Apple iOS Zero-Click Vulnerability Aided By Raspberry Pi

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Our mobile devices never leave our side; they store our precious memories, passwords, and financial data. If a hacker has direct physical access to our device, then there is a risk to our data. In a recent blog post and video by Ian Beer, a researcher at Project Zero, Beer demonstrated that an iOS device that was not updated with a patch from earlier this year could be remotely hacked using a Raspberry Pi 4.

Ian Beer, a researcher at Project Zero (Google's zero-day vulnerability team), found the attack and published a full 30,000-word blog post covering the attack in great detail.

The attack uses a buffer overflow bug in AWDL, an Apple-proprietary mesh networking protocol designed to allow Apple devices like iPhones, iPads, Macs, and Apple Watches to form ad-hoc peer-to-peer mesh networks. As this protocol is part of the kernel, the core of the operating system, the attacker can access all aspects of the target device without the target's knowledge.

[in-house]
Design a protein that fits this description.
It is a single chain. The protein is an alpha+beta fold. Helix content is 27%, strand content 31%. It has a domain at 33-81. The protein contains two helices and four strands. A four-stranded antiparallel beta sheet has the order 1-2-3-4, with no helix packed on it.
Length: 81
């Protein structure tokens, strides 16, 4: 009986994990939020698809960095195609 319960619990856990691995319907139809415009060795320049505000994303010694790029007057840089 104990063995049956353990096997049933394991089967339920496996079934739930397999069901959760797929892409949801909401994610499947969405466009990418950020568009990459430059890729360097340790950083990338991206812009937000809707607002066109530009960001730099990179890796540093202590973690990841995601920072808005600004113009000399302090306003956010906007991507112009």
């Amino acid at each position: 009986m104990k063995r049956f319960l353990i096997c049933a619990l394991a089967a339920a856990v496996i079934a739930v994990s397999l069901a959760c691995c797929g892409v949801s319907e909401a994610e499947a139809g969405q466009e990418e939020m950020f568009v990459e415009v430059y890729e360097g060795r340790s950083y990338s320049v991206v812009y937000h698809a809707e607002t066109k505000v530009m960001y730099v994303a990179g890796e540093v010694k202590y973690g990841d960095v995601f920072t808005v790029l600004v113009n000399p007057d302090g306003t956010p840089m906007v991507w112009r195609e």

In a video demonstrating the exploit, Beer shows how he could remotely access an iPhone in another room using his laptop and a Raspberry Pi 4. By triggering AWDL over Bluetooth Low Energy (BLE) to advertise remote devices for connections, the Raspberry Pi 4 is then employed to brute force a connection.

At this time, Beer's project takes a few minutes to crack the connection, but with a little effort, it could be sped up. Treat this tale as a timely reminder to keep all of your devices updated and backed up.

Les Pounder

Les Pounder is an associate editor at Tom's Hardware. He is a creative technologist and for seven years has created projects to educate and inspire minds both young and old. He has worked with the Raspberry Pi Foundation to write and deliver their teacher training program "Picademy".